Charles Dumond is a member of the UUA delegation that is currently visiting the “Every Child is Our Child” program partners of the UU-UNO in Ghana. In this blogpost he shares reflections following visits to schools near the Cape Coast and Elmina Castle near Accra.
“True reconciliation consists of more than forgetting the past.” — Nelson Mandela
On Friday, our last today together as a delegation, we traveled to Cape Coast Castle and Elmina Castle. Both of these structures played significant roles in the trans-Atlantic slave trade.
Last year, several of us at UU San Mateo began working through “Building the World We Dream About: A Tapestry of Faith Program for Adults.” One of my personal challenges was reconciling the knowledge of my ancestors as slaveholders with my life today.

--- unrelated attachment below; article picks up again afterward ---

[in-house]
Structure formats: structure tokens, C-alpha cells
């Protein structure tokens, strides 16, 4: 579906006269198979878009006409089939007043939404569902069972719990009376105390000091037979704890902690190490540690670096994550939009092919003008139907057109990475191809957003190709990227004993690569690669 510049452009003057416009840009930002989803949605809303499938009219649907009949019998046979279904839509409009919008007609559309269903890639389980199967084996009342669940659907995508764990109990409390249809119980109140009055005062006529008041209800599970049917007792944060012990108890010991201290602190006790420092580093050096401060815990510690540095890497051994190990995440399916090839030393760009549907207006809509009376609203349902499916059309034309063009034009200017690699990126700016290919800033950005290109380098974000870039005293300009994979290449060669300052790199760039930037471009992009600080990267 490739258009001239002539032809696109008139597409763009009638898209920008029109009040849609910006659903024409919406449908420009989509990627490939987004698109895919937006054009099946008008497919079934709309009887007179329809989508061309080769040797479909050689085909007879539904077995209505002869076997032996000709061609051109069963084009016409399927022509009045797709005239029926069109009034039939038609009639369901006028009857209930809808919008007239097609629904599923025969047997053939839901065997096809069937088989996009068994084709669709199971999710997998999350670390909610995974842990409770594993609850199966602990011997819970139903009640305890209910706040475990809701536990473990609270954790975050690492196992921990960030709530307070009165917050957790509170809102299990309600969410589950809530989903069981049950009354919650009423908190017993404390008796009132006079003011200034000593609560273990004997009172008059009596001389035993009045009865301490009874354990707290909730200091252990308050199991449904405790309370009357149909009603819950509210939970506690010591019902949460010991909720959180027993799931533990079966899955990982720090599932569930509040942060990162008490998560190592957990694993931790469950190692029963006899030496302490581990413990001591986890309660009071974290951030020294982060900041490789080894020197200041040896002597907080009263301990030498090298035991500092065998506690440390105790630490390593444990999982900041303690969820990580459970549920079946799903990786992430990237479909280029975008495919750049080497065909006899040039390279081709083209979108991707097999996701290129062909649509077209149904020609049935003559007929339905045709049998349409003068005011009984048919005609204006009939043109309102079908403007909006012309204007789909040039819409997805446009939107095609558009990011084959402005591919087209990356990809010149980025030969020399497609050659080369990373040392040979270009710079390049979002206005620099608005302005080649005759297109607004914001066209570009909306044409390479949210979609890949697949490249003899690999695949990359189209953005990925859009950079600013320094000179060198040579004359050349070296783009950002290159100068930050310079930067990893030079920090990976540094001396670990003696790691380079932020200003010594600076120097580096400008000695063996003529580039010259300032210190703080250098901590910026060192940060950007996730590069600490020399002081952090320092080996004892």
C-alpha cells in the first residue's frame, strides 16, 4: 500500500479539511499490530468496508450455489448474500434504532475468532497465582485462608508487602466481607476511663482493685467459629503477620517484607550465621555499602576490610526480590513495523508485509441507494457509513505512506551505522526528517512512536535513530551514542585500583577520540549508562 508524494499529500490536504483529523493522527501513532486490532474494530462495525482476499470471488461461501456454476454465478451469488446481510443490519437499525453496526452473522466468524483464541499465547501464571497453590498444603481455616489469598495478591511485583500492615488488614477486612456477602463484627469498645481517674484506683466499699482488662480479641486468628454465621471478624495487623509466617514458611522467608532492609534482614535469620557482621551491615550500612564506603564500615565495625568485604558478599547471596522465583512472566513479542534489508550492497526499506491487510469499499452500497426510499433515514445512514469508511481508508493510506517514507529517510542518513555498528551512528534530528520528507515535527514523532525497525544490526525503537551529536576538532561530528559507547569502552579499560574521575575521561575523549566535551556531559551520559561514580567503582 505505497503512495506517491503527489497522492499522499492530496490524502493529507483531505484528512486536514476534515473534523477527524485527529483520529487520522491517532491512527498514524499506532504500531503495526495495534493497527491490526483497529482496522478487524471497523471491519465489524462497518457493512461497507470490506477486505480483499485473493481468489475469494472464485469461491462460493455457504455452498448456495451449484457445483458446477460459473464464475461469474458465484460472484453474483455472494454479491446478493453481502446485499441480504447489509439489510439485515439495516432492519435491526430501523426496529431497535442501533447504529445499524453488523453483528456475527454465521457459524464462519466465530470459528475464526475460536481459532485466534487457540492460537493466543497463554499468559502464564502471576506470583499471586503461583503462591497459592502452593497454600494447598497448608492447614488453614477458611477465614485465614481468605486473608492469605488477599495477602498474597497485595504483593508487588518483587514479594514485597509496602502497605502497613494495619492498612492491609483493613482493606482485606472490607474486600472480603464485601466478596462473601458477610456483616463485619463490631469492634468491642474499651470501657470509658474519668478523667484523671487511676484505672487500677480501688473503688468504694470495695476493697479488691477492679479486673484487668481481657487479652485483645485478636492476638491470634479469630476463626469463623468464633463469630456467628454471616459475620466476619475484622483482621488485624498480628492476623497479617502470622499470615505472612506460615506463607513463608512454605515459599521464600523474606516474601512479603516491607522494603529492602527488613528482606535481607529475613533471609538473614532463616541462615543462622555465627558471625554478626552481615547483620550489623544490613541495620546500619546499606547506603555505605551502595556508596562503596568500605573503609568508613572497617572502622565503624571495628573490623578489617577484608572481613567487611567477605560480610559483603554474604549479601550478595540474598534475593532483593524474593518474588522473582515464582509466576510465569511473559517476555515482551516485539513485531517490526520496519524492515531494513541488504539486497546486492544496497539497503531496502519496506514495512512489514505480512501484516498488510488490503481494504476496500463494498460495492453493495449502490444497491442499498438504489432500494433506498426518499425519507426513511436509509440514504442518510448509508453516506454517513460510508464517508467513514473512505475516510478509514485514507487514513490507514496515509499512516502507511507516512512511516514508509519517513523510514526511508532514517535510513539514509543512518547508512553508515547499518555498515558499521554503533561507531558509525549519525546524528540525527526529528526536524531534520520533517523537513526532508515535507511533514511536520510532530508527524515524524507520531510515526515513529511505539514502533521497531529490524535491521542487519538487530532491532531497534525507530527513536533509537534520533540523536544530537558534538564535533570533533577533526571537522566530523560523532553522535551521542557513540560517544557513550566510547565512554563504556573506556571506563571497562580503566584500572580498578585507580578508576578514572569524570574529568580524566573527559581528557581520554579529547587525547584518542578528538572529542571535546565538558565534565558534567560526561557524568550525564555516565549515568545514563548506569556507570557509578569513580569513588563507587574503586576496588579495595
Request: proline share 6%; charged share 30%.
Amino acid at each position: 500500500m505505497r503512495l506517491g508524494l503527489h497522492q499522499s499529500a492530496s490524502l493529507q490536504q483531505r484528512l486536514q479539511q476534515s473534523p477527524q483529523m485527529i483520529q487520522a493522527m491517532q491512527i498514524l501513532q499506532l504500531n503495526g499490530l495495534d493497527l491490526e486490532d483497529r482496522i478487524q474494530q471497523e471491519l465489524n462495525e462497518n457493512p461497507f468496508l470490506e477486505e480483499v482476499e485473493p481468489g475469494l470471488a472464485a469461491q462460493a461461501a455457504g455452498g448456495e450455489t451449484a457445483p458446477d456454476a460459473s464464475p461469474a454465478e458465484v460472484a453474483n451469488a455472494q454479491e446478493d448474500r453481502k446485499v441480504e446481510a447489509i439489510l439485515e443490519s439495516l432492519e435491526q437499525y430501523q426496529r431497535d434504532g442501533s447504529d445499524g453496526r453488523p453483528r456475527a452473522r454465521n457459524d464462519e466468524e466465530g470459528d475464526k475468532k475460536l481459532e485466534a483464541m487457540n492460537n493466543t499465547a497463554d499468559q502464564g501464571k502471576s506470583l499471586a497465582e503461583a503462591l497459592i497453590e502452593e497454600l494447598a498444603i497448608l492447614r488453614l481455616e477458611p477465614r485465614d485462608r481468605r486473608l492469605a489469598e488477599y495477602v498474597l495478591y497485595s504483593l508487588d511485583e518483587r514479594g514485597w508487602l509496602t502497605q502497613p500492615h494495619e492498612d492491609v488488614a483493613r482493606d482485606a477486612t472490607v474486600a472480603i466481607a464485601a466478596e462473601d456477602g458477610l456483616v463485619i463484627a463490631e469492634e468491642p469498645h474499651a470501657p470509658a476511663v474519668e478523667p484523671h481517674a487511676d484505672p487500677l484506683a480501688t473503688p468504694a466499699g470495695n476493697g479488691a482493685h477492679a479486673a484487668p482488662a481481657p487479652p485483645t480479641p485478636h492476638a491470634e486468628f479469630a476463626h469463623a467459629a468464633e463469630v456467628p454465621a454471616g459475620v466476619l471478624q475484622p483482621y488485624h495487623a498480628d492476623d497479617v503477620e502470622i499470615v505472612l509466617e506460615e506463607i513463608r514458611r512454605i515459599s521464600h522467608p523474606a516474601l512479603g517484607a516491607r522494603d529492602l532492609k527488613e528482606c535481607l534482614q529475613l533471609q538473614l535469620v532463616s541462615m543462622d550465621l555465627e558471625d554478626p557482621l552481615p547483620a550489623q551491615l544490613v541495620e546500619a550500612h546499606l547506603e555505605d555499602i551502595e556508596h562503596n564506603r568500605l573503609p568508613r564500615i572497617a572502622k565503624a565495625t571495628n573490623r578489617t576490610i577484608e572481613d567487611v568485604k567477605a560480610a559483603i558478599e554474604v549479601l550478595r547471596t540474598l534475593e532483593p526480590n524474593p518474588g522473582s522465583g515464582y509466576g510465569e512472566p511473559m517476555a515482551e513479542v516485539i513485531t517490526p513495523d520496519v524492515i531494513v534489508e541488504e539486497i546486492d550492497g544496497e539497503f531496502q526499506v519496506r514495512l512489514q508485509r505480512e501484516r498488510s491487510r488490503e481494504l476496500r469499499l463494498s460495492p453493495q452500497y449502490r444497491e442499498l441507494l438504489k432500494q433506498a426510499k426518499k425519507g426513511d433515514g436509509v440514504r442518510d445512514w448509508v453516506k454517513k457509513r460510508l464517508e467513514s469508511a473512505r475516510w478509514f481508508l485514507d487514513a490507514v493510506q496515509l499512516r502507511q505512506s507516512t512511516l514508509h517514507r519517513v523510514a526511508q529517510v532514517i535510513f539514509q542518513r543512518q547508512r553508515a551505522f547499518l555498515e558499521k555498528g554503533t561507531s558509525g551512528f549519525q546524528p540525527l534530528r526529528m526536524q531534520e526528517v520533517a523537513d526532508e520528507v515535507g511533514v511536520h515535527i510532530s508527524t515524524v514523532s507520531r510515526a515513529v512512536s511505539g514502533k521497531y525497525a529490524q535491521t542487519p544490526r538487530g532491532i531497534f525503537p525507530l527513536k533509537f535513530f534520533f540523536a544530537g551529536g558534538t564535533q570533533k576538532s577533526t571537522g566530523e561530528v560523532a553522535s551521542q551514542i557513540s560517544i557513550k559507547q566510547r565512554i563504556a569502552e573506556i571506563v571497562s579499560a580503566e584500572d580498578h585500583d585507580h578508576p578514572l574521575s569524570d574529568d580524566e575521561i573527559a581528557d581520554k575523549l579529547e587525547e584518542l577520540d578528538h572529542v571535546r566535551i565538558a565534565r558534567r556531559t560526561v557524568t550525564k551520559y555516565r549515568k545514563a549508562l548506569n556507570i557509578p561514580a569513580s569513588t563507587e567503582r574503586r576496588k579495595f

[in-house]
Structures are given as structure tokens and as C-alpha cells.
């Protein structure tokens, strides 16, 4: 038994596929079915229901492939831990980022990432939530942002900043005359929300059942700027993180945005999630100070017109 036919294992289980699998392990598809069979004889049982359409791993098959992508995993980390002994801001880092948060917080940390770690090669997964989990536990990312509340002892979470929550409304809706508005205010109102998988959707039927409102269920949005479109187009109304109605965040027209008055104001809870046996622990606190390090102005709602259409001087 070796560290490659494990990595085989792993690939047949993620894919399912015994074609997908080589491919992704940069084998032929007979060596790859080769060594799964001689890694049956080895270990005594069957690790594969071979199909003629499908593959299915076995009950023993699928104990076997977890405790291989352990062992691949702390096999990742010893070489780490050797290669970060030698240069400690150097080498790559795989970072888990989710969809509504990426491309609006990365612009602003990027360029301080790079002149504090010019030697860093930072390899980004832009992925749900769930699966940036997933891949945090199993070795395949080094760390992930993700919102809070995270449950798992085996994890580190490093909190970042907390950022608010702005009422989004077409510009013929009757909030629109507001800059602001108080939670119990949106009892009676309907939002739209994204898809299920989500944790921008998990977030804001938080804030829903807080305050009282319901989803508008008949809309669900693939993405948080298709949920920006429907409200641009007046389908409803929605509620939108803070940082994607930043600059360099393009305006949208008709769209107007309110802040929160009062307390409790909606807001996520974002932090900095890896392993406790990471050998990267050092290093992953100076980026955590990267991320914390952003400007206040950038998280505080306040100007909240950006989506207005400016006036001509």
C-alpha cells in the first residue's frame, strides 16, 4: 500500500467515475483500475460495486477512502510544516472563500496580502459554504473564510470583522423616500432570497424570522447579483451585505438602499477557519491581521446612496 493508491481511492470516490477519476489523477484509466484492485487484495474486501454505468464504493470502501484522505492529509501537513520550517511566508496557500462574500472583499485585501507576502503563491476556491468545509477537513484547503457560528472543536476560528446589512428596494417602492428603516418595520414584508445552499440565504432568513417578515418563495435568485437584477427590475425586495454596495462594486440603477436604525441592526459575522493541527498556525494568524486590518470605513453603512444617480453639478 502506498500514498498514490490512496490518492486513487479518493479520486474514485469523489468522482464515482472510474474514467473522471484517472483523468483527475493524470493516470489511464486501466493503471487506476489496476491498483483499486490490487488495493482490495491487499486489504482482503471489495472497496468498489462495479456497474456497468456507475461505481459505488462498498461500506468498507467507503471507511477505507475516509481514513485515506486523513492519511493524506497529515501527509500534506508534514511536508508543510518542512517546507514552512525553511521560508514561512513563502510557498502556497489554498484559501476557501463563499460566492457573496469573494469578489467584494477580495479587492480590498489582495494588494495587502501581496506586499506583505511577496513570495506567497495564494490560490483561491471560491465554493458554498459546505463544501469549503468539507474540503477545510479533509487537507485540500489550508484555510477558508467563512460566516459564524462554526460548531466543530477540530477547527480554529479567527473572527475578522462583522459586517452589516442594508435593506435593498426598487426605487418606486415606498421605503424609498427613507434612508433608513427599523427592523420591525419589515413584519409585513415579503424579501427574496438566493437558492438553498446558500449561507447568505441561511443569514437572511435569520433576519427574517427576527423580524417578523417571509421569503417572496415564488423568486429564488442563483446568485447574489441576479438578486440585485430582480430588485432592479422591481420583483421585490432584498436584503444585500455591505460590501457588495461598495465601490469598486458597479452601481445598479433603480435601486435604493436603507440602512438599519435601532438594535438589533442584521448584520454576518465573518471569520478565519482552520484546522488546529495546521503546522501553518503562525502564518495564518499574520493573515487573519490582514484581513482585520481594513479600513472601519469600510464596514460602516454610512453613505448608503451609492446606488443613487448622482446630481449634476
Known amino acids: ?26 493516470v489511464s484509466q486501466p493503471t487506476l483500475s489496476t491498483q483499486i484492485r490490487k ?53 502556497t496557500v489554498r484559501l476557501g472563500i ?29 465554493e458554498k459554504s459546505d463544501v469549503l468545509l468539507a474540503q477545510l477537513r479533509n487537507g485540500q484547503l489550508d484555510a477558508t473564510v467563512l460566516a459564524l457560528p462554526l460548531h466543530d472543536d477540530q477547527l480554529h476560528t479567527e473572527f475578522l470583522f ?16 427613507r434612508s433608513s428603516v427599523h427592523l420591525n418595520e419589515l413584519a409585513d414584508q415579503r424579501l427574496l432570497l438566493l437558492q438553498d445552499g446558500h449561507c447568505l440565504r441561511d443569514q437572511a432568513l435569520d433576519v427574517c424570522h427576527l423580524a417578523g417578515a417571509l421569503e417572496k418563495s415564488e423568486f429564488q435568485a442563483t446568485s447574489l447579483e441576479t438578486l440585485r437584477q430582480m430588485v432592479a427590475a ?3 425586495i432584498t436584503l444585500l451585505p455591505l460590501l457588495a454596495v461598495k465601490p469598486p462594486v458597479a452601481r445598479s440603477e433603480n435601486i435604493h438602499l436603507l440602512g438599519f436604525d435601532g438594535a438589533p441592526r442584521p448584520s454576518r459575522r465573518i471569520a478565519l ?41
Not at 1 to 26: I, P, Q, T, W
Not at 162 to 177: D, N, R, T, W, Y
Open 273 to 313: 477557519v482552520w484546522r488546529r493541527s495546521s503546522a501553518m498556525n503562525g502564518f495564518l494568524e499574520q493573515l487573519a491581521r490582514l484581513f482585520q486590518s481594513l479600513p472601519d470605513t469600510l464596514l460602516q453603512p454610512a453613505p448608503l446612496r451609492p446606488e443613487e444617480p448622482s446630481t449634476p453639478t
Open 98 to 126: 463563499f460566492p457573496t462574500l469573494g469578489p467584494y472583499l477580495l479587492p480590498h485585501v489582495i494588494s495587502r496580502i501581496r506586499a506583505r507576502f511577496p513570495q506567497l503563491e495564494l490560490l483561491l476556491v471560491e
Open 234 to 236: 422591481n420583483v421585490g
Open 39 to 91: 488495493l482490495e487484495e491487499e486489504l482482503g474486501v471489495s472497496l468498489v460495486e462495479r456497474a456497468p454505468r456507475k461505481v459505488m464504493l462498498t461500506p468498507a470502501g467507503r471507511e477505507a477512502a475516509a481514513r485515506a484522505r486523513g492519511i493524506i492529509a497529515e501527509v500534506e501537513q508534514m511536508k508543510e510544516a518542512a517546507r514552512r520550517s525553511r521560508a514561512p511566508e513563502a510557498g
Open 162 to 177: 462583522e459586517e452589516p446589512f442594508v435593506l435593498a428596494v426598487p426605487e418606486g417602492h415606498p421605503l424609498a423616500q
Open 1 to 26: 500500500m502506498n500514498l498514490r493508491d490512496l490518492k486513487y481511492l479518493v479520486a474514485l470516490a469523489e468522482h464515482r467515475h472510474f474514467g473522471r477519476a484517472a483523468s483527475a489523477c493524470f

As we toured the castles, both the heat and the history were unrelenting. We stood in slave dungeons with limited or no ventilation. The guide explained the torture and abuse the prisoners endured before being shipped away from their homeland. You can read books or watch films and know that the slave trade was wrong. When you stand in the dungeon and sweat soaks your clothes, you connect with history in a physical and personal way.
I wondered about the parallels to today. What about our current immigration policy? In 100 years, how will our descendants look at the forced separation of immigrant families, deportations, and ICE detention facilities?
One of the plaques at Cape Coast Castle says:
In Everlasting Memory
Of the anguish of our ancestors
May those who died rest in peace
May those who return find their roots
May humanity never again perpetrate
Such injustice against humanity
We, the living, vow to uphold this
May we all uphold it.